A Trek into the Unknown

By: Matt Gallagher

“Dober dan” from Ljubljana, Slovenia! My name is Matt Gallagher, and I am studying economics at the University of Ljubljana (loo-blee-ah-nah), with my good friend and fellow Oklahoma State student, Trey Gilbertson. We are about to celebrate six weeks in Slovenia, and we have enjoyed every second of it.

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Like many others, you may be interested in how a couple of true Okies ended up in a small, seemingly obscure, somewhat non-traditional location like Slovenia. We entered the application process with an extremely open mind, and chose to take every potential location into account while making our decision. We searched all over the world for a relatively inexpensive university in an ideal location for travel and adventure. So naturally we settled on, you guessed it: Valencia, Spain. Of course, the University of Ljubljana was a close second choice, and we found out nearly a year ago to date that we would be spending six months in a little Central European country we knew even less about.
As we have learned over the past six weeks, there was an awesome purpose to this selection. Slovenia is a beautiful country delicately situated between the towering peaks of the Julian Alps and the deep blue waters of the Adriatic Sea. Bordering Italy, Austria, Hungary, and Croatia, Slovenia is the ultimate location for travel all over Europe. Having a history in which it continually changed hands from the Romans to the Franks, and the Austro-Hungarian Empire to former Yugoslavia, Slovenia has a fantastic mix of cultures. Ljubljana itself sees architectural and artistic influences from the Franciscans, ancient Venetians, and the Viennese. Traditional Slovenian culinary tastes consist of sausage and goulash dishes similar to that of the Germans and the Austrians, and Italian pizzerias and trattorias can be found on nearly every street corner.
After a two-week tour of England and Scotland to kick off our study abroad experience, we found ourselves in a hostel where we spent day-after-day searching for an apartment. We had chosen to wait until we arrived in Ljubljana to find a residence because we wanted to be acclimated and familiarized with the city we hardly knew anything about. While at times it was somewhat stressful living out of a suitcase in a room with twelve other people, we have no regrets and finally found a nice studio apartment that overlooks the Ljubljanica River in the city center.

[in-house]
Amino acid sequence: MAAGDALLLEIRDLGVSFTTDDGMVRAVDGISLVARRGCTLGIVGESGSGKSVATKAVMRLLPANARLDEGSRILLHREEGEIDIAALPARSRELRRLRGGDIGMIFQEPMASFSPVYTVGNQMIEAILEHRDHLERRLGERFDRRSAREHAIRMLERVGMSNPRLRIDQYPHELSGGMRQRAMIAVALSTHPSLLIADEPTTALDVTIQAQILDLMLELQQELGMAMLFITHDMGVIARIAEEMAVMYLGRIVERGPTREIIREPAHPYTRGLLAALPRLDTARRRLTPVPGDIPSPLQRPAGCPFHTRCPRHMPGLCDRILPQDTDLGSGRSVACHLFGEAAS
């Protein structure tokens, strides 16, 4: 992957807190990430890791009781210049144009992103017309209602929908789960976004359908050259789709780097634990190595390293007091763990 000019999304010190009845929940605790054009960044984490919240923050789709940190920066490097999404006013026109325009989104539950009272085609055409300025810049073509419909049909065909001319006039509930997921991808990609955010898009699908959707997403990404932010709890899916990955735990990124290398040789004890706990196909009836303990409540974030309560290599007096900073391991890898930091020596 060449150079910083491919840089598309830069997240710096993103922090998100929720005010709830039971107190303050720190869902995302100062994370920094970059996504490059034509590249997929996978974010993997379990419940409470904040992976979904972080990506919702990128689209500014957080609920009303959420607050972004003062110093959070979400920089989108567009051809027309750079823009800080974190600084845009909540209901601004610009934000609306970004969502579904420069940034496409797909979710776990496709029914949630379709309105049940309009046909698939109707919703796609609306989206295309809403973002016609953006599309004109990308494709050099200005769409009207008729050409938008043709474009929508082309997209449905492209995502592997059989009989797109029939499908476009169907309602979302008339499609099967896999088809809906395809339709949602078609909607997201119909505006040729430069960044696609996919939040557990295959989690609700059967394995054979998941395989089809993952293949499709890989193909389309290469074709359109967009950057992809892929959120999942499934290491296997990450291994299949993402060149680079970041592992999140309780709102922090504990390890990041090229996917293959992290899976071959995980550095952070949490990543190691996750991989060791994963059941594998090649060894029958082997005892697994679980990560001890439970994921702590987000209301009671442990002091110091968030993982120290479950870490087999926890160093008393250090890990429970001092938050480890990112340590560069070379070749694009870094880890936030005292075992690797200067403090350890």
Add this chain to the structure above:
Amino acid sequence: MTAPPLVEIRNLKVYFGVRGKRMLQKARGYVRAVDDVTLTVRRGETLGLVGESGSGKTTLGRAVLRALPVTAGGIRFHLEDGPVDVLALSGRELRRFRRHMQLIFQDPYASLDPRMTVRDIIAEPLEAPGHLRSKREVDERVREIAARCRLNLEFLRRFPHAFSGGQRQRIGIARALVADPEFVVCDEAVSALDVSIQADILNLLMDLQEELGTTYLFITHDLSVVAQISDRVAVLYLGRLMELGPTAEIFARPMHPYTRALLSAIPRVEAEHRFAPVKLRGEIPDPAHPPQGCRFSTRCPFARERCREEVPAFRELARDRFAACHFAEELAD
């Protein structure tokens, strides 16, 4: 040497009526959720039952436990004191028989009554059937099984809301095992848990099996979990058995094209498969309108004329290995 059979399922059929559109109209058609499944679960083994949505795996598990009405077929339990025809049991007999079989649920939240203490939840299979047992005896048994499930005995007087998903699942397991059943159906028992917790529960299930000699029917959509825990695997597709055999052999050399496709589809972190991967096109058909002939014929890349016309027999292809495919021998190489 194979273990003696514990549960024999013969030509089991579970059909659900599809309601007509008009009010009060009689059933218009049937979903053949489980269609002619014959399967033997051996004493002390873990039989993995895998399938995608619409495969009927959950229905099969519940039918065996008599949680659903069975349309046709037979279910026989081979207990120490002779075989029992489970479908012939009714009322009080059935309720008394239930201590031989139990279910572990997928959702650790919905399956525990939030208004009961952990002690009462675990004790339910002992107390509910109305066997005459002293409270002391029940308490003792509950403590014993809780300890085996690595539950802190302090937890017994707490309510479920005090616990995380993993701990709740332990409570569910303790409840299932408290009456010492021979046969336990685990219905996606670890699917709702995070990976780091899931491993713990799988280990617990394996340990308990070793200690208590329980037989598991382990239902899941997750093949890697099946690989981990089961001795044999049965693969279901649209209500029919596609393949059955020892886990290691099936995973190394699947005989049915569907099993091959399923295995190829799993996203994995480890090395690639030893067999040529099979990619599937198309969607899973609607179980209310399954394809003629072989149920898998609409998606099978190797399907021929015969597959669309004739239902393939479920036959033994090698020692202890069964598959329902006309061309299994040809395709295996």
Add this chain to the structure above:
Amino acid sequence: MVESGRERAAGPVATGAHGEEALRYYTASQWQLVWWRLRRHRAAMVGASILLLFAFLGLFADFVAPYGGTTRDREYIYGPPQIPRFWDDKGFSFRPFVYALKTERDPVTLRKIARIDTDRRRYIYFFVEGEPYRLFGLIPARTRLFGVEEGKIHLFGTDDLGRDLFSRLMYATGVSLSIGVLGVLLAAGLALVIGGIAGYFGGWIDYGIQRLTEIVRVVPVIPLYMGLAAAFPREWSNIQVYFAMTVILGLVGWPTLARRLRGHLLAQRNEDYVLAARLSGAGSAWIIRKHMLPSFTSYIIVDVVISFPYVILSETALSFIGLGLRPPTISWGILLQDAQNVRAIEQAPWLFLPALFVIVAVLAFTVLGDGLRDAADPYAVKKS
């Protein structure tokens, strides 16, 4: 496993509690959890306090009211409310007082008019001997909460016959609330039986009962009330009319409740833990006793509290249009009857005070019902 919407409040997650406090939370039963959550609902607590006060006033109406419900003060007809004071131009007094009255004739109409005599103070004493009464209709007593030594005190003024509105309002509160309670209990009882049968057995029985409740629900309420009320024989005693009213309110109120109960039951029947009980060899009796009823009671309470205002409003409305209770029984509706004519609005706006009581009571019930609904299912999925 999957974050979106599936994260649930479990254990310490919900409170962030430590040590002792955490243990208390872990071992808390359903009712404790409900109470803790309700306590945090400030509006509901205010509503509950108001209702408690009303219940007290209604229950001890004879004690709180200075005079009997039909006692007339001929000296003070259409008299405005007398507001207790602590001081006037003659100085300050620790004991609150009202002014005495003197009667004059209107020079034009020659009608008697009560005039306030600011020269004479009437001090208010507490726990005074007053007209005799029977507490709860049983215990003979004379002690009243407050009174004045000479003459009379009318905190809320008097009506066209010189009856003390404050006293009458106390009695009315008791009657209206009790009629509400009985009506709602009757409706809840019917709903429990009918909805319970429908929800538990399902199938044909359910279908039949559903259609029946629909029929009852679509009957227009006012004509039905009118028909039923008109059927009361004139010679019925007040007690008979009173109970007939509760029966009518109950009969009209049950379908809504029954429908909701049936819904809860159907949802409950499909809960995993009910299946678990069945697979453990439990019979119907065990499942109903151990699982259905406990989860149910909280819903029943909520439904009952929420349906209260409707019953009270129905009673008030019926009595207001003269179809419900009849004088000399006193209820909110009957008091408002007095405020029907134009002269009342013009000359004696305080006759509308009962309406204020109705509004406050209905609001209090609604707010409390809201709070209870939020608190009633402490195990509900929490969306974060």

While we are both pursuing an engineering degree at Oklahoma State, we are currently studying economics in order to complete separate business minors. Our faculty consists of 6000 undergraduate students and around 150 international students. Our classes are entirely taught in English and we are able to interact with students from all over the world. Lectures are largely discussion-based and allow students to hear and discuss different cultural ideals and national issues related to economics. We have made friends from Slovenia, Turkey, Germany, England, Portugal, and many other countries. Coming from strict, objective engineering classes, we are exceptionally intrigued by this classroom environment and it makes going to class almost easy.
As mentioned earlier, Slovenia is an ideal location for travel. Since we arrived in early February, we have toured northern Italy and Tuscany, the Austrian Alps, and Zagreb, the capital and largest city in Croatia. We have also planned many more trips from Turkey to Morocco and from Belgium to Poland to be completed over the course of the semester. Slovenia is also home to some of the world’s most spectacular natural marvels. The Karst region holds the largest cave system in the world and the gorgeous Lake Bled attracts tourists and locals alike with its pristine waters at the base of an immense cliff-dwelling castle. The Julian Alps, while not exceptionally tall (around 2000m), provide immaculate views and excellent skiing, hiking, and even paragliding.
While many may not know much about Slovenia and may question our choice in coming to this outwardly unconventional location, we feel tremendously thankful for the opportunity to live here. As we have learned, the people are just as beautiful as the landscape and have been extremely hospitable and gracious toward us. Most citizens speak excellent English and have a strong desire to see that we enjoy our time in Slovenia. Like most other Europeans, they have a strong love for food, football (not the American kind), and family.

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We would like to encourage all of you who are seeking study abroad opportunities to keep an open-mind. For those that may be   considering that peculiar location that your  parents frown upon and that may not seem as   comfortable as your home in Stillwater: go for it. We are continuously learning to take each day one at a time, and enjoy the small, unusual quirks that set this culture apart. Our journey this semester has little to do with school; it is all about finding ourselves in a vastly different  culture and taking advantage of every day to sharpen our character and outlook toward    others. Every day in Slovenia is a brilliant       collision of adventure and challenge, and we hope to indulge in every beauty this small, seemingly obscure country has to offer.

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